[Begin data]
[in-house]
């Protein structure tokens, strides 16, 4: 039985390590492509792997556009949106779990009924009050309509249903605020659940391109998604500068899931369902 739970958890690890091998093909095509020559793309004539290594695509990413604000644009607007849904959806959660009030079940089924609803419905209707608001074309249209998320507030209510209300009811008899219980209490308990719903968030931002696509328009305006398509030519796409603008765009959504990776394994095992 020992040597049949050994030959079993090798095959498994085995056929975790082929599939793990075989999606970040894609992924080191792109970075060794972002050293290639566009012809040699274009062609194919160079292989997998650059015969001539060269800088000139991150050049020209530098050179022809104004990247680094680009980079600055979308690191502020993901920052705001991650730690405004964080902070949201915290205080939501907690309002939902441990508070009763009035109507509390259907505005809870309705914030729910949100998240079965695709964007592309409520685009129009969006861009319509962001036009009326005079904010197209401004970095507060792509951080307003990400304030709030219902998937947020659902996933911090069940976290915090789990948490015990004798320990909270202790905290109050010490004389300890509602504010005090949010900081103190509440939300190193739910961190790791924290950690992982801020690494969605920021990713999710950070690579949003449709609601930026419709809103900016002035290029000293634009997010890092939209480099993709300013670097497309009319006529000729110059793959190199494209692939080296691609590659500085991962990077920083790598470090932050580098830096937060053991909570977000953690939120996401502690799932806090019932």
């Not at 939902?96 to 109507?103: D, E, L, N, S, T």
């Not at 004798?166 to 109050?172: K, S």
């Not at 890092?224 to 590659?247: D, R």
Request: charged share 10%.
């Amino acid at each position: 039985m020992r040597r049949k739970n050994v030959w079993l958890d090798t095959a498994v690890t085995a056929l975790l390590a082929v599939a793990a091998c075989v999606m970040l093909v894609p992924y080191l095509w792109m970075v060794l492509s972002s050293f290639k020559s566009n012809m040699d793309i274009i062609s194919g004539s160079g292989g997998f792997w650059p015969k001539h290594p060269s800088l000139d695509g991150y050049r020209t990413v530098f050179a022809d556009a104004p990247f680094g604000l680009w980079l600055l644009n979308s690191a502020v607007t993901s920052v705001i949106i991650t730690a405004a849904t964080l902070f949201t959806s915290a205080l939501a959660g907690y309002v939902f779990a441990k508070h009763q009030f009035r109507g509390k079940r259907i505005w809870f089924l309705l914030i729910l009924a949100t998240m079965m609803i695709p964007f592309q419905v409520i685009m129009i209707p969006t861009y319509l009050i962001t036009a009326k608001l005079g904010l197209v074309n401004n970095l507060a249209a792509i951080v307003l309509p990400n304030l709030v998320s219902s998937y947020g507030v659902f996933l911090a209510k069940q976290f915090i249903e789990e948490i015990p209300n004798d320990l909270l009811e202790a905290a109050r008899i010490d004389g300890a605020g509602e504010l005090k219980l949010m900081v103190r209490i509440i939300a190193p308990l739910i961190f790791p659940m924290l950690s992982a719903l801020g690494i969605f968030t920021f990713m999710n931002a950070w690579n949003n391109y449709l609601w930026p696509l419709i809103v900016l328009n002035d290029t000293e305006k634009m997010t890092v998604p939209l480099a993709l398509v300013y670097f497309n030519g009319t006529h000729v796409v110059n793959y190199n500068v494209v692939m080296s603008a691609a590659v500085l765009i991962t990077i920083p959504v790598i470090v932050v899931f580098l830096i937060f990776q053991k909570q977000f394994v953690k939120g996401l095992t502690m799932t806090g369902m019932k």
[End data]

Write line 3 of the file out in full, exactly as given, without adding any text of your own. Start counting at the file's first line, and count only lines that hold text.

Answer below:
């Not at 939902?96 to 109507?103: D, E, L, N, S, T």